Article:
West Side Story - Broadway

The classic American musical returns to Broadway.

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West Side Story

Pulled directly from the pages of Shakespeare's Romeo and Juliet, the musical takes place on New York's West Side in the mid-1950s amidst widespread racial and social tension. The show begins as a war is building between two rival gangs fighting over the same piece of turf: born and bred New York boys, The Jets, and Puerto Rican immigrants The Sharks. In the midst of the battlefield are two young romantics, good-boy Tony, a Jet ready to leave the gang life behind, and wide-eyed Maria, the sister of Sharks leader, Bernardo. When Tony and Maria unexpectedly meet and fall for one another, tension between the rival groups only escalates, leading to a bloody and senseless rumble that costs both sides young lives. In spite of the violence, the true story at the core of the show is two lovers trying to find a way to be together—and whether either can survive when hate and ignorance are unwilling to yield.

Should I See It?

What Is West Side Story Like?
Considered a great groundbreaking musical, West Side Story has remained a poignant, provocative and emotionally devastating piece of theater for over half a century. Dark in tone and content, the show is flush with many of legendary composer Leonard Bernstein's most famous compositions, offering a richly layered score played by a full orchestra—a rare find, even on Broadway, these days. Factor in recreations of original director and choreographer Jerome Robbins' equally iconic choreography, and the production becomes an electrifying piece of musical drama. Despite West Side's difficult themes, the show also offers some of the biggest, brightest crowd-pleasers in theater history, including uber-ballad “Tonight,” the chirpy "America" and the hilariously macabre "Gee Officer Krupke." The show may be a rollercoaster of emotions, but it offers something for every taste.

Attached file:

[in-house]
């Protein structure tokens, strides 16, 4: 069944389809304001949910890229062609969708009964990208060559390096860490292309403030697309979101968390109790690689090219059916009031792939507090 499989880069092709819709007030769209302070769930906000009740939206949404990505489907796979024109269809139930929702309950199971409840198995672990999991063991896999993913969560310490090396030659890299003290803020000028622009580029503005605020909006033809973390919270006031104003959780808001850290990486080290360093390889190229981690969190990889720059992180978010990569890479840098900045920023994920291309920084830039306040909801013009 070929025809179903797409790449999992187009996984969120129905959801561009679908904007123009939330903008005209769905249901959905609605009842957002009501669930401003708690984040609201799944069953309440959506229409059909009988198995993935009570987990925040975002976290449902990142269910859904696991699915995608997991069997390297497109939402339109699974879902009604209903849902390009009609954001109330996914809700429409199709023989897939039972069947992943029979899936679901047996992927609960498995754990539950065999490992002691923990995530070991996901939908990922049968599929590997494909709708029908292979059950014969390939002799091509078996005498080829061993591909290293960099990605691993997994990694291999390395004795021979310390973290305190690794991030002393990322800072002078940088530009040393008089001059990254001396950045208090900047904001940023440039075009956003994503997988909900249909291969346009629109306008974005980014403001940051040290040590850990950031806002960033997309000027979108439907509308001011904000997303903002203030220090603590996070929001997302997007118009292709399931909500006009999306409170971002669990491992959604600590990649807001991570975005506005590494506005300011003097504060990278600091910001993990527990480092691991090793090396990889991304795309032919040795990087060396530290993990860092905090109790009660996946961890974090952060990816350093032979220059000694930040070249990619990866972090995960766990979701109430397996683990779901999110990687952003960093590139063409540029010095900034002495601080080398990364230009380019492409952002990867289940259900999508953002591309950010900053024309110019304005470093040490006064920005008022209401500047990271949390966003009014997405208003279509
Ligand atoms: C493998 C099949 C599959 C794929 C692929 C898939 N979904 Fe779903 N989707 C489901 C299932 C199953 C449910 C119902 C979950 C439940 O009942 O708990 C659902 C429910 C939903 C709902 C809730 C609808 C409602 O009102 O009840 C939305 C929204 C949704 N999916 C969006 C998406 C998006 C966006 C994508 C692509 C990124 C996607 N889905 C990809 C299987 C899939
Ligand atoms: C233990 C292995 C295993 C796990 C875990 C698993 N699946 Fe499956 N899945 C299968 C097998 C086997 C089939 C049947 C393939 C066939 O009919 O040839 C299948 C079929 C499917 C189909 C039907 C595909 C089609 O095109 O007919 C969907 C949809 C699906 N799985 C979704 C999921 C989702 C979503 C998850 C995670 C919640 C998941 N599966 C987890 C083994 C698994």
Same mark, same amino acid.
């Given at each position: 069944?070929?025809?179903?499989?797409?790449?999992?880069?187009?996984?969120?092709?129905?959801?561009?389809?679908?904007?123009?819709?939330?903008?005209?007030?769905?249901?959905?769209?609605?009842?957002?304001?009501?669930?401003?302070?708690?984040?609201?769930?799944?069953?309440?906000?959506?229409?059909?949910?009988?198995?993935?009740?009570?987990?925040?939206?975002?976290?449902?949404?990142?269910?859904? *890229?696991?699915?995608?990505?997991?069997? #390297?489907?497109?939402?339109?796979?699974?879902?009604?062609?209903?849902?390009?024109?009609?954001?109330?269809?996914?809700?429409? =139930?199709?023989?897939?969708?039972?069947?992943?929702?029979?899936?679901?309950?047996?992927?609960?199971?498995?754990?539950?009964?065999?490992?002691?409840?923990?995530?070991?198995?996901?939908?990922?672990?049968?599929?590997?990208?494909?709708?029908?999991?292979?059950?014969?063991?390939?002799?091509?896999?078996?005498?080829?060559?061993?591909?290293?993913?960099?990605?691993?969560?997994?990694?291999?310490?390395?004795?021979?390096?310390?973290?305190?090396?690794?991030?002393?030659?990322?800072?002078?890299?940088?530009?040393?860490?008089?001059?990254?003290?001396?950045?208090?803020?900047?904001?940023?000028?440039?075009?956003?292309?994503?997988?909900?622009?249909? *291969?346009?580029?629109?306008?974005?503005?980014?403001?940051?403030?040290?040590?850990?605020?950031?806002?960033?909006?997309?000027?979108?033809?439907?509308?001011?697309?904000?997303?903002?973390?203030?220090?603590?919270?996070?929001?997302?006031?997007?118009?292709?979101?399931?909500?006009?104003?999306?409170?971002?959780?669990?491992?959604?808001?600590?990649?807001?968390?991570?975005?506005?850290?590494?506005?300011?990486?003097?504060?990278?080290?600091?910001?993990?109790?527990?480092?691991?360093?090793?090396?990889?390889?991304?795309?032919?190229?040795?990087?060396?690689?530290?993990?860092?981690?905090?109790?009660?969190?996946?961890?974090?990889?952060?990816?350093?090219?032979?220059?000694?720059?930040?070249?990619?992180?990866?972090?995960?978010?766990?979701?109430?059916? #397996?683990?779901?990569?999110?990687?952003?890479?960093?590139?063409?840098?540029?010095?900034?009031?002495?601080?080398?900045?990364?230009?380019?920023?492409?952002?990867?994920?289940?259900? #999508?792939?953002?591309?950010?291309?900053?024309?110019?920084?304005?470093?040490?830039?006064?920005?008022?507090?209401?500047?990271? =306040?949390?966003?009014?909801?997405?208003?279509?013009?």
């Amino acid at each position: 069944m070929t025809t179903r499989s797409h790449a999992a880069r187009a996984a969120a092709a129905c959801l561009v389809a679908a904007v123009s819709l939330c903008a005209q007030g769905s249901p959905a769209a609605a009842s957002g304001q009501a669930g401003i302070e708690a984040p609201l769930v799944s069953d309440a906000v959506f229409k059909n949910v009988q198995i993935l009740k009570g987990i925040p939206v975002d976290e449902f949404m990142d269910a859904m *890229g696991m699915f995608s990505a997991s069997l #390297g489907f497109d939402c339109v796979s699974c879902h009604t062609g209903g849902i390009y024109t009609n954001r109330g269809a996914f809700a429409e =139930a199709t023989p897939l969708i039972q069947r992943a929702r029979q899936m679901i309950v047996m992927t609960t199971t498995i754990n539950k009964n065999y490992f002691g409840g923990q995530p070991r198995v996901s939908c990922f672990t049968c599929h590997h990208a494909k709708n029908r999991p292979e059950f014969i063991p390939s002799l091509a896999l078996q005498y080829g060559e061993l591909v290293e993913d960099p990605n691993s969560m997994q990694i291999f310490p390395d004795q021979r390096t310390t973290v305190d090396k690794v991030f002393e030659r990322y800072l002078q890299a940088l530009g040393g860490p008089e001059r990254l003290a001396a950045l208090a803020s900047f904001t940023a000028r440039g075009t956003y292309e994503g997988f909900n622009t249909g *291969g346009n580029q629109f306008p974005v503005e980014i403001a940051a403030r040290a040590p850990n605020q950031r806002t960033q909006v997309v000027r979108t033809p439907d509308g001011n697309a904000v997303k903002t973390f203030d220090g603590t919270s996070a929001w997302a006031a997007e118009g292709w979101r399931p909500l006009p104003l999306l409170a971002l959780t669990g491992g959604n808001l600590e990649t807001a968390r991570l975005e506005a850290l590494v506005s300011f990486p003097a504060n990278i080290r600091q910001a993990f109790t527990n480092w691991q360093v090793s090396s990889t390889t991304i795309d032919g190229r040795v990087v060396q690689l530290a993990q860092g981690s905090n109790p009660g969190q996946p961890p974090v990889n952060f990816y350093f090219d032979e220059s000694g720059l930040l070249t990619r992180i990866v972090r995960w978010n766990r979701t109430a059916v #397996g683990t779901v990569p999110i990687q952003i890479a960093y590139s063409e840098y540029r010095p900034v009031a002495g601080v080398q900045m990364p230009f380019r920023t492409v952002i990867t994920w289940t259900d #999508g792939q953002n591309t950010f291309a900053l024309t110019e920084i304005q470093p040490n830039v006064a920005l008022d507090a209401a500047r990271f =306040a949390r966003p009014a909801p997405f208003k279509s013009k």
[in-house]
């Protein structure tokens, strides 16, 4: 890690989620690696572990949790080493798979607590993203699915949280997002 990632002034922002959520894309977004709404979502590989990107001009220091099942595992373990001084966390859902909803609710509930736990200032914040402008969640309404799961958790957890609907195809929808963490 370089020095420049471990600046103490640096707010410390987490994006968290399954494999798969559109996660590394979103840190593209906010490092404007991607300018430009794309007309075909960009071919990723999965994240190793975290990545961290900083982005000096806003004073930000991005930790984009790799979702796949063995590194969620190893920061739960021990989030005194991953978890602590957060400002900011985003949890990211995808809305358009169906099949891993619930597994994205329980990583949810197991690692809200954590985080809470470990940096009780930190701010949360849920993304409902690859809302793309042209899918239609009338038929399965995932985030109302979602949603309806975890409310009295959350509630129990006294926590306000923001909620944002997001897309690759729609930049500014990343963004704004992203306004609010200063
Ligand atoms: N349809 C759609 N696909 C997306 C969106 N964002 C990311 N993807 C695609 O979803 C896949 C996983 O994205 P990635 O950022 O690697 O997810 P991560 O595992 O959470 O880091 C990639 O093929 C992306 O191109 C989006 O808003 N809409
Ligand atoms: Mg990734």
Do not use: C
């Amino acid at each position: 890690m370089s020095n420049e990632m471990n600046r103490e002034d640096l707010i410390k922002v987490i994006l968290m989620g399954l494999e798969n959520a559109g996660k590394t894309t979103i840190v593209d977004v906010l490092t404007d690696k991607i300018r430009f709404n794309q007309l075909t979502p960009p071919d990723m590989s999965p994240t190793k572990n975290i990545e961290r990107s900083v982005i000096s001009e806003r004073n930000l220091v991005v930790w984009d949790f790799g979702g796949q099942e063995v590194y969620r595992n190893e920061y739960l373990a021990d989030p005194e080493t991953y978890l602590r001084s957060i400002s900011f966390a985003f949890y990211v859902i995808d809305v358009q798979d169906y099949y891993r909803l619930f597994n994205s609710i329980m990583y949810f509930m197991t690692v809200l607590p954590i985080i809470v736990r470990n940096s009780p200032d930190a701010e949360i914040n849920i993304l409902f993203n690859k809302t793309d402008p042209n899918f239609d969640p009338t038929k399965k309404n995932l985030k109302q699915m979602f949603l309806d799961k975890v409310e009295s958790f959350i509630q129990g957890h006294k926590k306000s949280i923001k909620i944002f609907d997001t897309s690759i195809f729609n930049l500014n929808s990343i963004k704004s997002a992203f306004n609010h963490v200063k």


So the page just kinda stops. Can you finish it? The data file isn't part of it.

Is West Side Story Good for Kids?
Let's make one thing clear—audience members of all ages should come armed with tissues. Like its Shakespearian predecessor, all is not well that doesn’t end well, so those upset by anything less than a pitch-perfect happy ending should enter warily. The show also deals with adult themes: violence, murder, rape and bigotry all get their turn in the spotlight, as do bad language, sexual innuendos and racial slurs. While the tiniest tots may not be ready for this sort of musical education, West Side Story is a valuable experience for theater buffs and newbies alike. If your brood can handle the Academy Award-winning film, then they (and you) will be well prepared for what will play out on the Broadway stage.

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